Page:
Once my box was lined, I tested the heart for size and angle before adding it to the box.  We didn't need to worry about being neat at the top edges of the box since the lid would cover the edge.


The same giant push pin that we use to distress the heart also was very helpful in making starter holes for the brads that hold the corner covers in place.  I need to look for these giant push pins next time I go to Staples.

We each had a package of four wheels (used all of these) and eight box corners.  Tim suggested that we only needed one set of four corners and that we should save the other four for another project.

There were holes in the positions for the four wheels.  The quickest and easiest way to add the wheels was to hold the inside screw steady and turn the wheel on the outside of the box.

Once we had lined the box and distressed it, we set it aside.  We added a watch key on the right side of the lid of the box and chose some metal charms to dangle on the chains.  The holes for the wheels and the keys had been done ahead of time for us (as Tim would say, "we" put the holes there for you and when I say "we" I mean "Mario").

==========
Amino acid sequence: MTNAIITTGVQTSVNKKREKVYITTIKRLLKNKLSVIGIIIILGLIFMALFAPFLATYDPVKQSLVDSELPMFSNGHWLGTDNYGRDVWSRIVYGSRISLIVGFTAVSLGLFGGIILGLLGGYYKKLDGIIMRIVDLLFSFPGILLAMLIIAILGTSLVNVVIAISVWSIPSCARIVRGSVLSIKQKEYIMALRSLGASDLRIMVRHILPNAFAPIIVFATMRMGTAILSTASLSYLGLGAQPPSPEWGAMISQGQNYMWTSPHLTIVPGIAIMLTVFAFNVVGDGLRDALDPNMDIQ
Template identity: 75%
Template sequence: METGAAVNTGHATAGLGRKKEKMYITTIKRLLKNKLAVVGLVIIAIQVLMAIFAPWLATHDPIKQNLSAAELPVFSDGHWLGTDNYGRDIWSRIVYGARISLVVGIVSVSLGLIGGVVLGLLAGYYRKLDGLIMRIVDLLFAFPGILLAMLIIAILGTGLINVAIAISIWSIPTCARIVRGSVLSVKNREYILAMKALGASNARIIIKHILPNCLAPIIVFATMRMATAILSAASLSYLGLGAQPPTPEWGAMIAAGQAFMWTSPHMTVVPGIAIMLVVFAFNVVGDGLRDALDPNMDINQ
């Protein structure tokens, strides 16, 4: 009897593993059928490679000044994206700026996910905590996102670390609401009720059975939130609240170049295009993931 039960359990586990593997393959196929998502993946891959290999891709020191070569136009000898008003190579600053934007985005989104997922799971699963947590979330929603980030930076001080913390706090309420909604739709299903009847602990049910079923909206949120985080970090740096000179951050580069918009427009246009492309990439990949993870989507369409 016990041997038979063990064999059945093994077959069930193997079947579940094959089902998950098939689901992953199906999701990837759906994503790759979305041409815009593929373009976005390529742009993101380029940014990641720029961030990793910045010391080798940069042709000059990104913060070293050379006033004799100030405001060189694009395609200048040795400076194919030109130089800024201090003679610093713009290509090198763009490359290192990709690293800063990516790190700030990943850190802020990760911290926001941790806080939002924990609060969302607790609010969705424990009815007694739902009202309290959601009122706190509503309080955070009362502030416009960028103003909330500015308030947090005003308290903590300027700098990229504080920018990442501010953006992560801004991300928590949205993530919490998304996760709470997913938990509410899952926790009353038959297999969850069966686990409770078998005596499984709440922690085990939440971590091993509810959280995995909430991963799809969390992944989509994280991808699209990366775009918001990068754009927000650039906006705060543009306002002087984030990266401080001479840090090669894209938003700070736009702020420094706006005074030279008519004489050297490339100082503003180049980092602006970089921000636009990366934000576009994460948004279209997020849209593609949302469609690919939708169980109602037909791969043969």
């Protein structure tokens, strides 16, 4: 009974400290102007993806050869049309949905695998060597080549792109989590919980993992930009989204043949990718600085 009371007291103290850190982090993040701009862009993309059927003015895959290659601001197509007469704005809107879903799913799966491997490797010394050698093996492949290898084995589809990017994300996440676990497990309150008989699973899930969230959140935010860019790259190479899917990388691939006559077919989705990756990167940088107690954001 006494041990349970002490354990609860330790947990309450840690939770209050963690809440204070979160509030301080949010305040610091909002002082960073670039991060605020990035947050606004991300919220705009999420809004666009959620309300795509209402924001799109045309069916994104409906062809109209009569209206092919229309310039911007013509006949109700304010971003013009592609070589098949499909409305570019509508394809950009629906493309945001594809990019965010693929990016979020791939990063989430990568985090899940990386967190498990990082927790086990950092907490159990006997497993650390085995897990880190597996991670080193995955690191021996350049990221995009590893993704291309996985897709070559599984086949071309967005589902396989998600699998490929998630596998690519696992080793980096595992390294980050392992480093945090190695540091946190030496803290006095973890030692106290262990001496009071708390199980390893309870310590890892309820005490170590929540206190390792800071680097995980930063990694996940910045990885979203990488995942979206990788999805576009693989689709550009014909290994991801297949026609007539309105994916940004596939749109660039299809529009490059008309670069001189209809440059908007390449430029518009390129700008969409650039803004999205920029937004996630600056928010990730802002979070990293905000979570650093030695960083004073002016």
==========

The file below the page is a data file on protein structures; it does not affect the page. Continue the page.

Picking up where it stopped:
We could add all sorts of gears and other mechanical looking pieces to the heart. The kits were all very generous with supplies and we usually had extra pieces that we could save and use for another project.

We added a pull string and you can actually wheel the box around like a child's pull toy.  Here is my final project flat on the table.

Here is the example Tim made - you can see that the extra bits and pieces dangle off the clock key on the right.  The light bulb, wing and Viewmaster disc were adhered with a glue gun.

I am using the same technique (with a few variations) on another project that I hope to post later this week.  If you have any questions about what we did be sure to leave a comment and I'll try to explain better.  I didn't take as many photos during the class as I usually do on my projects at home so there may be something that I skipped over...

It has been very cold and rainy here - 50 degrees in June after 80 degree weather in March? - something is not right with that!  I hope that summer has reached you - maybe it will arrive here by this weekend...

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  1. Hi Diane, Thanks for this post. It refreshed my memory on the different steps for this project. You took good notes. Thanks for sharing. It was so much fun to meet you and to share TH's experience with you.

  2. OH wow this is very very cool. I would love to take a TH class. Maybe I should start a bucket list. LOL

  3. Great tutorial on this Diane. I hope one day to take a class with Tim. Yes, it is cold here in New England. I'm ready for summer!!!TFS, Mary

  4. oh, if only tim would come to michigan....i would take his class in a heartbeat. great projects, and his techniques can be used is so many projects....thanks for sharing.


  5. Hi Diane! Thanks for sharing your heart project. I love all the pieces you used.


    Carmen L